The following Banking & Finance practice note produced in partnership with Chris Webber of Squire Patton Boggs provides comprehensive and up to date legal information covering:
The nature, main types and main uses of financial derivatives are summarised in Practice Notes: The nature of financial derivatives and Types of derivatives. Derivative contracts frequently give rise to disputes between the parties that enter into them. This Practice Note discusses:
the common categories of disputes that arise from derivative contracts
relevant case law relating to those categories
tips for practitioners when drafting derivative contracts on avoiding future disputes, and
modes of dispute resolution available for resolving derivatives contract disputes
Derivatives can give rise to a range of disputes. In common with any scenario in which parties negotiate, enter into and perform (or fail to perform) a contract, claims may arise, for example:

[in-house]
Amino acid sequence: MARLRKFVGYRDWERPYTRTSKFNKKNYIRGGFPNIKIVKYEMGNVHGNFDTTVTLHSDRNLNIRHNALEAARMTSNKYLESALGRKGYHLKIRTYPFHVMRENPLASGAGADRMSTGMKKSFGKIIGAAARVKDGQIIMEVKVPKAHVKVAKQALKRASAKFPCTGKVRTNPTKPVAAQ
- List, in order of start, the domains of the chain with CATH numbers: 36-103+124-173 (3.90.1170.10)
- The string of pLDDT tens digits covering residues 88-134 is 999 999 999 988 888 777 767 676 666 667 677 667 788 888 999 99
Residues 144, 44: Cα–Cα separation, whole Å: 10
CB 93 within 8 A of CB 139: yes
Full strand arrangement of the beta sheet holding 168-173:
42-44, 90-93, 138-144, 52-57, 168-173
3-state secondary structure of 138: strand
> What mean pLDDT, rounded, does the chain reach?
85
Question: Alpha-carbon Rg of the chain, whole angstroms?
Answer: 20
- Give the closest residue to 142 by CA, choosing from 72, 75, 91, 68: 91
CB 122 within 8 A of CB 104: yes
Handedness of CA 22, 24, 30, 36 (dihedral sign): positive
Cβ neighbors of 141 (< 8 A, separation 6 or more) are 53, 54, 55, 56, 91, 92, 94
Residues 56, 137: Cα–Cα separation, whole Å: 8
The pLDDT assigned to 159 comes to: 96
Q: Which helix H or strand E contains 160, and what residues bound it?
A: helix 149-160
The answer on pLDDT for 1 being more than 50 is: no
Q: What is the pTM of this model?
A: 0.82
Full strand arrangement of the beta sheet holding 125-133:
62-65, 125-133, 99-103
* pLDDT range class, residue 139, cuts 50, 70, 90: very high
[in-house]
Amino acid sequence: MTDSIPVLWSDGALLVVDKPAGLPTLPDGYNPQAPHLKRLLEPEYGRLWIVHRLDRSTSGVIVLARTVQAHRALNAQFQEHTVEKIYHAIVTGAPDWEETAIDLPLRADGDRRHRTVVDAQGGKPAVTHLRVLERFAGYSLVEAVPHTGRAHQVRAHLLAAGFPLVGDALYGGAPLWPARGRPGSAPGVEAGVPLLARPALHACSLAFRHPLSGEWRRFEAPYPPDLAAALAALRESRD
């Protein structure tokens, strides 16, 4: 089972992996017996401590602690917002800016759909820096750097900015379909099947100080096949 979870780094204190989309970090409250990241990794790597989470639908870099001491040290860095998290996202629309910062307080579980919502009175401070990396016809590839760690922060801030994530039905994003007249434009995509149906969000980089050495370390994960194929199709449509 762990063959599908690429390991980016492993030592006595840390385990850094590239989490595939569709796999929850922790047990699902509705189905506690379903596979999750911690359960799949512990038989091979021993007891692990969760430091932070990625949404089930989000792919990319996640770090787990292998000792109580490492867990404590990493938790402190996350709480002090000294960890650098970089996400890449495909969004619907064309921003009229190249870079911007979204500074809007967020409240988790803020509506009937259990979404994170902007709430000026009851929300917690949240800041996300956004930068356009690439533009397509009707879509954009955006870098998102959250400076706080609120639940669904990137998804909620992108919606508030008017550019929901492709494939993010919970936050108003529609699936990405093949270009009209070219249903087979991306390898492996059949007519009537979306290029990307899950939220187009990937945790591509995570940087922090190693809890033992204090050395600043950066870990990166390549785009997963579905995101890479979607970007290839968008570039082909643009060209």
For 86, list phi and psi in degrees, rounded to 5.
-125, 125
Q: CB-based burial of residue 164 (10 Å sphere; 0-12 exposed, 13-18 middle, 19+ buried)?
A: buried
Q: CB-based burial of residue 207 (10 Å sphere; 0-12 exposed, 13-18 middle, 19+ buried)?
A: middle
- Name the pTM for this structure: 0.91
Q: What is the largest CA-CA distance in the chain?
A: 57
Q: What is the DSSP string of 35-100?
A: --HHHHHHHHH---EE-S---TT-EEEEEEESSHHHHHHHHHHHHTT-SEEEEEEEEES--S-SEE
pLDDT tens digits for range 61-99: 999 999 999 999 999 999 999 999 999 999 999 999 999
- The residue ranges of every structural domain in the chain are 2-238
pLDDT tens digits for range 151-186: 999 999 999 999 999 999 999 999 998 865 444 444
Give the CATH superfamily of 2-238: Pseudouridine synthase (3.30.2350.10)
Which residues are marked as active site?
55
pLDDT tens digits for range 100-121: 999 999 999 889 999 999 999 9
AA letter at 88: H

for negligent misstatement, deceit or breach of section 2 of the Misrepresentation Act 1967 (MA 1967) in relation to false or misleading statements made prior to entry into the contract (for more information, see: Misrepresentation, misstatement and other claims in banking and finance—overview)
for breach of contract in relation to any failure by either party to comply with its obligations under the derivative contract (for more information, see Dispute Resolution Overview: Terminating contracts—how and when a contract ends—overview.
other contract law-based claims alleging frustration, mistake, duress, undue influence, incapacity, non est factum, absence of offer and acceptance, absence of consideration, illegality or other generally available contractual causes
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